Pring-Wilson Motions Denied
Alexander Pring-Wilson, a student at Harvard’s Davis Center for Russian and Eurasian Studies at the time of his arrest, is charged with fatally stabbing 18-year-old Michael D. Colono on April 12, 2003 after an early-morning altercation outside of Pizza Ring, a pizza parlor on Western Avenue.
Also in the last week, Pring-Wilson’s attorney, Jeffrey A. Denner, filed to withdraw from the case, citing “irreconcilable differences” and “a breakdown in communication” with the defendant.
Judge Charles M. Grabau ruled on May 10 that there was not sufficient evidence that pre-trial media coverage of the case would “prevent the selection of an impartial and unbiased jury.”
Fearing a prejudiced jury in Cambridge, which was home to the slain teenager, the defense had filed a motion in February to move the trial to western Massachusetts.
Grabau also ruled this past Wednesday that Pring-Wilson was not suffering from enough mental and physical trauma to inhibit his ability to make voluntary statements to emergency personnel and his friend around the time of his arrest.
The defense had sought to suppress statements that Pring-Wilson made on the morning of his arrest in which he claimed to be an innocent bystander to the incident.
Pring-Wilson quickly changed his story, admitting he stabbed Colono, but asserting that it was in self-defense.
The motion to suppress claimed that the early statements “were not knowing, intelligent or voluntary”—as admissibility rules require—because the defendant was suffering post-traumatic stress disorder, a concussion and intoxication at the time.
Citing a detailed chain of events laid out in the pre-trial hearing, Grabau ruled that Pring-Wilson’s statements were in fact voluntary.
The night of his arrest, Pring-Wilson called 911 and told the dispatcher that he was “just a [expletive] bystander” who had witnessed a stabbing.
According to witnesses called at the pre-trial hearing, he then told Cambridge Police Department (CPD) officers on the scene that he had observed a stabbing and that he was trying to “help out.”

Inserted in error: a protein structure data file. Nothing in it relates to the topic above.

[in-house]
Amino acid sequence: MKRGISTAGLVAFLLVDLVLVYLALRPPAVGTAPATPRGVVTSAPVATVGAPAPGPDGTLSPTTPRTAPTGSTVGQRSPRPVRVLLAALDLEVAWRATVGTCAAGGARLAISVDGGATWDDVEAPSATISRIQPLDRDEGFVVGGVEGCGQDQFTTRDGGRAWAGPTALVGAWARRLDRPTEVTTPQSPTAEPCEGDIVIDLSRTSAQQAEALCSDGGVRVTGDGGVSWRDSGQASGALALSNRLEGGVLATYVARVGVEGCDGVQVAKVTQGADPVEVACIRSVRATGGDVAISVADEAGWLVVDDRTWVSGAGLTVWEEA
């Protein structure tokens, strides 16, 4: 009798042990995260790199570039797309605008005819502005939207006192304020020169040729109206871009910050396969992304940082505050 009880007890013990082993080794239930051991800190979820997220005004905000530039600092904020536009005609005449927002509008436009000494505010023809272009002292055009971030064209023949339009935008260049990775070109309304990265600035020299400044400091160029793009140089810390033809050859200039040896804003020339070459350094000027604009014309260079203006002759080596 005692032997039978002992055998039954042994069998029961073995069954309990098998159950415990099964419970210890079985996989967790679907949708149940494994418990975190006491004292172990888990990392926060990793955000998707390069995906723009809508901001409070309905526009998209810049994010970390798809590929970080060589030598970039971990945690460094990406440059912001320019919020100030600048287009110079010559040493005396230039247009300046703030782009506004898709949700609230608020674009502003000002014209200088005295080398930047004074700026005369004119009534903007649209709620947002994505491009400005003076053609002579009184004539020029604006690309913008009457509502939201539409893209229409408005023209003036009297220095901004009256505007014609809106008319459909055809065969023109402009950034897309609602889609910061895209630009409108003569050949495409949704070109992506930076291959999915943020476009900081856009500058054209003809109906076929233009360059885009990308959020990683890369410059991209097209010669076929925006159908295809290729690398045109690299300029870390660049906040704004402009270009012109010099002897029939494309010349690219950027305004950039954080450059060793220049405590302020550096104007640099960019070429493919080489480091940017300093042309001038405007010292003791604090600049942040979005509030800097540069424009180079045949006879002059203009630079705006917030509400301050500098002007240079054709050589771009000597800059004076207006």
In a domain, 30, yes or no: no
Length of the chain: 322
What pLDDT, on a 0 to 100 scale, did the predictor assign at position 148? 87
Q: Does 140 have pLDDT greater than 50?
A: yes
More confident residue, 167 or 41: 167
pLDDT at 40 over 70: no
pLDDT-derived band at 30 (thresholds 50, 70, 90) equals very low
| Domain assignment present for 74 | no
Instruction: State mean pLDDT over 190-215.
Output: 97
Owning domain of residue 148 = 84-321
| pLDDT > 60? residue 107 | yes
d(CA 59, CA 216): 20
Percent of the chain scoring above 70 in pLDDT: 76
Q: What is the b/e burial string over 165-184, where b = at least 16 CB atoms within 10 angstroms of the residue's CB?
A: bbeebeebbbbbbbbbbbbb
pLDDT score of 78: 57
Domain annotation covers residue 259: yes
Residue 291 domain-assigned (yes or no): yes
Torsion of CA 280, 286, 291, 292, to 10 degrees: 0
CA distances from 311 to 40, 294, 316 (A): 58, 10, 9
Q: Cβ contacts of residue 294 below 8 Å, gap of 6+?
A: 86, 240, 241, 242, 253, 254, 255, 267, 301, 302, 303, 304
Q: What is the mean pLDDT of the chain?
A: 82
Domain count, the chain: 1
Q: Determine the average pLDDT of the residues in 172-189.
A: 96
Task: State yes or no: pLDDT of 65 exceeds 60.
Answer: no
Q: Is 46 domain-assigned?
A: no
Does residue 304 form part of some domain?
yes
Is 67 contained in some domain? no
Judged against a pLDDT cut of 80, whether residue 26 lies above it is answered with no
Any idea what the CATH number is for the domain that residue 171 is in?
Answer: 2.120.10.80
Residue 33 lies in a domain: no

“The fact that Pring-Wilson made efforts to exculpate himself by his explanations is probative of the voluntariness of his statements,” Grabau wrote in the ruling. Grabau wrote that a dime-sized welt on Pring-Wilson’s forehead did not affect his ability to make “knowing and voluntary statements” and that he “refused medical treatment and was able to walk home unassisted.”
After police had left the area, Pring-Wilson left a phone message, which was played in court, for his friend Jennifer Hansen as he was walking to his apartment in Somerville. “I just, um, got attacked. I just got attacked by a group, um...I stabbed him a couple times and—don’t repeat this to the police,” the message said.
“The content of the voicemail message indicates that Pring-Wilson understood his role in the altercation with Colono and the gravity of his situation,” the ruling said.
When CPD officers arrested Pring-Wilson at his apartment later that morning, “he did not smell of alcohol, appeared sober and had no injuries.” Pring-Wilson requested medical attention later that day, after he had been questioned and arrested at the police station.
The evidence from the night of the arrest, coupled with Pring-Wilson’s “intelligence and intellectual capacity” demonstrates “beyond a reasonable doubt” that Pring-Wilson voluntarily made false statements to the police.
On the change of venue motion, Grabau was unswayed by a poll commissioned by the defense that showed that 47 percent of 400 randomly-selected Middlesex County residents had heard of the case.
A polling expert testified in April that Middlesex residents were also 4.5 times more likely to believe Pring-Wilson to be guilty than residents from western Massachusetts. In his ruling, Grabau wrote that although many print, broadcast and online news outlets have covered the case, the coverage “cannot be described as emotionally charged or inflammatory.”
In any case, a juror does not have to be ignorant of the case he is deliberating, Grabau wrote, but needs to “lay aside his impression or opinion and render a verdict based on evidence at the trial.” To prevent a biased jury, Grabbau recommended the court question potential trial jurors about pre-trial publicity and give “daily admonitions to the jury about not reading or watching or discussing media accounts regarding the case.”
The trial has been delayed three months following Denner’s withdrawal from the case, and is now scheduled to be heard by Judge Regina C. Quinlan on Sept. 13. Denner could not be reached for comment this week, but a spokesperson for the district attorney said Pring-Wilson, whose parents are both lawyers, has obtained alternative counsel.
Pring-Wilson remains under house arrest in his apartment.
—Staff writer Hana R. Alberts can be reached at firstname.lastname@example.org.